Latest News, WVPA Sharing

Column: Legislators should listen to physicians on marijuana; no medical marijuana

By Dr. Adam Breinig, DO, FAAFP
Chairman of WV Academy of Family Physicians
Senior Council-at-Large of WV State Medical Association

Medical Marijuana

Medical Marijuana

Medical Marijuana

We have heard the words so often this legislative session  that marijuana begins to sound like a legitimate fix-all medication. Proponents support that it is a natural substance whose medical benefits are limitless. Opponents sight that this is a highly addictive substance and potentially a gateway drug that will lead to further substance abuse.

Is there a middle ground to the marijuana debate?

During one of the most contentious and highly volatile elections in recent history, marijuana was passed back and forth by both Democratic and Republican leadership at the state and national level.  Five states across the US went to the polls on November 8th to vote on the legalization of marijuana. Four states approved it, Arizona did not. Currently 8 states have legalization of recreational use and 25 states and DC have laws supporting medical marijuana.

The state of West Virginia is discussing medical marijuana today, during the final week of the 2017 legislative session.

We hear so much about medical marijuana, but how is it truly defined?

Currently, under Federal law, marijuana is considered a schedule I substance, despite the legalization at the state level in various areas.

But it is difficult to blindly ignore the passionate few that have benefitted from marijuana.  When a tearful mother is stating that marijuana oil has been the saving grace of her child with epilepsy, it is difficult to dismiss that information.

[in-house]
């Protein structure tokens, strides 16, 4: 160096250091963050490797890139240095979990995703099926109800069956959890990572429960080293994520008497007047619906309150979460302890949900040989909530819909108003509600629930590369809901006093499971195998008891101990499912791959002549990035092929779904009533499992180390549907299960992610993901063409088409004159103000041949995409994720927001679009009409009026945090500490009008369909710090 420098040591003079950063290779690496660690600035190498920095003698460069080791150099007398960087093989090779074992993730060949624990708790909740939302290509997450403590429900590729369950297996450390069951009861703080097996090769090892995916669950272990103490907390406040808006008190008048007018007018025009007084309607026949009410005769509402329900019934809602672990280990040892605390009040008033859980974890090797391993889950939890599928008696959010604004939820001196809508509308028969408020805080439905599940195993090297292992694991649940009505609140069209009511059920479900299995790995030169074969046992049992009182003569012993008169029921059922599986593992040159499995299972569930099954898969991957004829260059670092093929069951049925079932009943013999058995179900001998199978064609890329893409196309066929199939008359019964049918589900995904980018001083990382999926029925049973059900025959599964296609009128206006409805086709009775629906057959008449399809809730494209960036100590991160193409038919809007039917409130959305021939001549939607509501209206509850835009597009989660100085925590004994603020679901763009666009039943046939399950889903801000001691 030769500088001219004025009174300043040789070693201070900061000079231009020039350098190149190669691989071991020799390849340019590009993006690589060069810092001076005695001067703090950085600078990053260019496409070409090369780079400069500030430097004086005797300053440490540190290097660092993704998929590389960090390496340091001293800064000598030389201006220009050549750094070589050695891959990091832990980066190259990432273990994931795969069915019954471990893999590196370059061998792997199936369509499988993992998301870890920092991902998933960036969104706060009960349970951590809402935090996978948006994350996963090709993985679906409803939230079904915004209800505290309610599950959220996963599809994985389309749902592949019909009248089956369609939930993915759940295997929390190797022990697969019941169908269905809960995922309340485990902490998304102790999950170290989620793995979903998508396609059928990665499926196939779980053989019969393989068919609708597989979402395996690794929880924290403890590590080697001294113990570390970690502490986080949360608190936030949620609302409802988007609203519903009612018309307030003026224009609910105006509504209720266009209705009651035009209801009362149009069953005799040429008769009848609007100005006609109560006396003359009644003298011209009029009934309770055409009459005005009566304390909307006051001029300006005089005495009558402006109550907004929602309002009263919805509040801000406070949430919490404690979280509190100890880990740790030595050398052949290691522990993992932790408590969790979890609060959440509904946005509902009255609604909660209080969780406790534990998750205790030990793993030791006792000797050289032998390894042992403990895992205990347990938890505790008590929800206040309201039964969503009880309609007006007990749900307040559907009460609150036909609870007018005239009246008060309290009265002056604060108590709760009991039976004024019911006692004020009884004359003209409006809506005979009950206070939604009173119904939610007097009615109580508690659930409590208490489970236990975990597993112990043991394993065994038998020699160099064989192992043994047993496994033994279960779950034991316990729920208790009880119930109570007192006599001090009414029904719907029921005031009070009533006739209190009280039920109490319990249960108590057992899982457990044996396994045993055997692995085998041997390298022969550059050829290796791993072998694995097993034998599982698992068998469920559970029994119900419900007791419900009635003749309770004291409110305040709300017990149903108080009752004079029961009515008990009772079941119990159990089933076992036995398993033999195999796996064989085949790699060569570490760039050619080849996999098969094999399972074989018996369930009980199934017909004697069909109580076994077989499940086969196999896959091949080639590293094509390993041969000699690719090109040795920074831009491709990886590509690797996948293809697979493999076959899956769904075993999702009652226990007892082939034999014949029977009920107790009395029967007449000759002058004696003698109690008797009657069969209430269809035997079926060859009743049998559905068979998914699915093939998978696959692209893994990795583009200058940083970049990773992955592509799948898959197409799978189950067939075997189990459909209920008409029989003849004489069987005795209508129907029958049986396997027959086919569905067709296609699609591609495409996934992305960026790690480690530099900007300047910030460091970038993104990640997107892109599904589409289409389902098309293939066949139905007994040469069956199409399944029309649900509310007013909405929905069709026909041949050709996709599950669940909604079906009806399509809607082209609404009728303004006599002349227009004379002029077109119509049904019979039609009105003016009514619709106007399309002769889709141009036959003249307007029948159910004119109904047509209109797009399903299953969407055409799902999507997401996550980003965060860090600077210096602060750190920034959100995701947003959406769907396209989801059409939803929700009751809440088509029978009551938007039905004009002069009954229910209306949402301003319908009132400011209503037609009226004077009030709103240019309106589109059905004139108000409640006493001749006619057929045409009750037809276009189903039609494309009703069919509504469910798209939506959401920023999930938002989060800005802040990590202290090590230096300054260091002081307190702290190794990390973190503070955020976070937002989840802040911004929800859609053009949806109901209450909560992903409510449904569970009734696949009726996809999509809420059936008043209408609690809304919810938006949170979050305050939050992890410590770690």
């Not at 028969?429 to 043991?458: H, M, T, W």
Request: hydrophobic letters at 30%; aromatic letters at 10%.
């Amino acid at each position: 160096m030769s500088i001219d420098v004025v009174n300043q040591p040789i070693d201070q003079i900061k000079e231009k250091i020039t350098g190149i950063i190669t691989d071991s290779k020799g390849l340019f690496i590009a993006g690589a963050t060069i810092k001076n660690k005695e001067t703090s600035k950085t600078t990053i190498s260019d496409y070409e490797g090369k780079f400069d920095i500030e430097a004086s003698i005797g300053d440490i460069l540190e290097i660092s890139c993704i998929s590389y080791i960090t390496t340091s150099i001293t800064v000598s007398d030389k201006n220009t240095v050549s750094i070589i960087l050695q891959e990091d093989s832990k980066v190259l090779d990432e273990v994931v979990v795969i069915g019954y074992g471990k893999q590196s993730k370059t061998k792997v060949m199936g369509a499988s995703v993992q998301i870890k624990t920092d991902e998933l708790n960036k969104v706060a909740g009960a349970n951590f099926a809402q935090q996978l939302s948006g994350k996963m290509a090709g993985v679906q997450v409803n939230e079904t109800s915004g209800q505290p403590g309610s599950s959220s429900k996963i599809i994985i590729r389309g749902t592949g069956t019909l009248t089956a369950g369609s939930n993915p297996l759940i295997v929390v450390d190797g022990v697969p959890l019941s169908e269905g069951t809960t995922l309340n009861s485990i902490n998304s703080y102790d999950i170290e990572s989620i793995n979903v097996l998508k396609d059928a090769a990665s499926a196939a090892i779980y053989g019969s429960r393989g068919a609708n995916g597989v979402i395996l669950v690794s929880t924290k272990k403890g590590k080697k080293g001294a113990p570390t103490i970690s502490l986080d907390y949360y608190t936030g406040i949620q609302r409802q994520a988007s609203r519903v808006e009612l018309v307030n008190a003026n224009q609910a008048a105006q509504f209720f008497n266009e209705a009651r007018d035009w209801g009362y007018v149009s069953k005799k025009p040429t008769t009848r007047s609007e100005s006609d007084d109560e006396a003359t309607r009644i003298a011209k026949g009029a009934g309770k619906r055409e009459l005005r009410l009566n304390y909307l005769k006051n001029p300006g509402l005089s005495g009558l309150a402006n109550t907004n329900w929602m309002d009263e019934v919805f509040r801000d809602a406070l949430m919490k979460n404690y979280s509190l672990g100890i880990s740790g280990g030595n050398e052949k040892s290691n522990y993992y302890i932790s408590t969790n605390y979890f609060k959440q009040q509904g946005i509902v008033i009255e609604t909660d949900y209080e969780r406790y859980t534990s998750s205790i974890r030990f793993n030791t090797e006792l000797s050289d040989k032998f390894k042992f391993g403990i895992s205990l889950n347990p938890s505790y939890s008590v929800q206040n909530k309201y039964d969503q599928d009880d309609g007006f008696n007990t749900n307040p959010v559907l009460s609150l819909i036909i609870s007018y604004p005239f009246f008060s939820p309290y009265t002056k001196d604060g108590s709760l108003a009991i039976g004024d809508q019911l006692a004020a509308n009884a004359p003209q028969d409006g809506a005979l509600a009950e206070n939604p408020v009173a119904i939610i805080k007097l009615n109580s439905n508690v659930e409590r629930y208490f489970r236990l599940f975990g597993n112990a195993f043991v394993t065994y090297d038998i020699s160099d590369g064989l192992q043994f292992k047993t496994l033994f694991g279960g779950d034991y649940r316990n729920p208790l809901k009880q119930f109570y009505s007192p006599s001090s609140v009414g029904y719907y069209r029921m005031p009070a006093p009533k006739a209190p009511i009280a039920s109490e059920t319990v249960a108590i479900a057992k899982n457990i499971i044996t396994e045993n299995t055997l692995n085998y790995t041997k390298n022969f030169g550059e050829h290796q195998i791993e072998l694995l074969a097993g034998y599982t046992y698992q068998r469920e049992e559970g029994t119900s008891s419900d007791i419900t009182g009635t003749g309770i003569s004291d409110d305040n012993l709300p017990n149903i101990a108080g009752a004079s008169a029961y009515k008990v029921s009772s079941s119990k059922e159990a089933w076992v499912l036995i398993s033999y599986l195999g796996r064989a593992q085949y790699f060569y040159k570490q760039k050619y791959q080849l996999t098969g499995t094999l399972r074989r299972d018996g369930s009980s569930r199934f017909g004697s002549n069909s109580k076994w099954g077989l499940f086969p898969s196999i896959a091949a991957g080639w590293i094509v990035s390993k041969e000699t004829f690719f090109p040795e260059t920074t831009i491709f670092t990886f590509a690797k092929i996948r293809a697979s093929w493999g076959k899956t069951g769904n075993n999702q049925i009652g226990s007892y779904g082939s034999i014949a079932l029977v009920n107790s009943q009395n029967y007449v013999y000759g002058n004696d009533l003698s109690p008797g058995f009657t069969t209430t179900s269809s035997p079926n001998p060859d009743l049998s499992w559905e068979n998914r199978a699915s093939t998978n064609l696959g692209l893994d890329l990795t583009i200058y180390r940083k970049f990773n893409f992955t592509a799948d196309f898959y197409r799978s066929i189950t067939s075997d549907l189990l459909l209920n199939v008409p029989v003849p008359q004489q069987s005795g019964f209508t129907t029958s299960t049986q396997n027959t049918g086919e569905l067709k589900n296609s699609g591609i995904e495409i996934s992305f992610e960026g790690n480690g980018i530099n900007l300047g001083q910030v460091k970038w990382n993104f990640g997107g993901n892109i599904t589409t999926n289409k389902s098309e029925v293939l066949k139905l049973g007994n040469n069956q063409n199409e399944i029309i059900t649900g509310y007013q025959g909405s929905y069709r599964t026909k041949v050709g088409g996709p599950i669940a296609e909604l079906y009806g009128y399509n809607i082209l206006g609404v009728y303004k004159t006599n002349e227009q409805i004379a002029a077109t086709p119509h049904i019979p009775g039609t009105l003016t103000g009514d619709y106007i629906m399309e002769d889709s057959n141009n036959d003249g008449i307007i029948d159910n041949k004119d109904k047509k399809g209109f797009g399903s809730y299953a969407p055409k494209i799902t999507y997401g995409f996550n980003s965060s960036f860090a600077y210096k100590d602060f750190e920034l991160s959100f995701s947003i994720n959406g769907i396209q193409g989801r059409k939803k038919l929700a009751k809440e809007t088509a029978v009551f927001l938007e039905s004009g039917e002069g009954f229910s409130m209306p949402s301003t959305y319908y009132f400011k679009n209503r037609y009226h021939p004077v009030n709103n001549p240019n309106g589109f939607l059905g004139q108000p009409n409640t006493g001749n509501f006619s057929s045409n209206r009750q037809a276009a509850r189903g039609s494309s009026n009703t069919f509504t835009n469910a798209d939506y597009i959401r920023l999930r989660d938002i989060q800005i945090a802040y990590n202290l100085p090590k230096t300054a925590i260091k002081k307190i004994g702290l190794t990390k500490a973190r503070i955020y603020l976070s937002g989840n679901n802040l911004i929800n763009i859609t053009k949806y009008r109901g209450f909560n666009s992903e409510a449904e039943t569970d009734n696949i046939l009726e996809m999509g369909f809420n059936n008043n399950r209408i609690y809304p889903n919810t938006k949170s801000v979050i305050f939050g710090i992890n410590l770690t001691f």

The FDA understands that caregivers and patients are looking for treatment options for unmet medical needs. In some instances, patients or their caregivers are turning to marijuana in an attempt to treat conditions such as seizures and chemotherapy-induced nausea. The FDA has not approved marijuana as a safe and effective drug for any indication. The agency has, however, approved one drug containing a synthetic version of a substance that is present in the marijuana plant (Marinol/Drabinol) and one other drug containing a synthetic substance that acts similarly to compounds from marijuana but is not present in marijuana (Nabilone/Cesamet). Although the FDA has not approved any drug product containing or derived from botanical marijuana, the FDA is aware that there is considerable interest in its use to attempt to treat a number of medical conditions, including, for example; glaucoma, AIDS wasting syndrome, neuropathic pain, cancer, multiple sclerosis, chemotherapy-induced nausea, and certain seizure disorders. (2) I would like to point out that Marijuana is still a Schedule I drug, the most restricted, even after decades of research.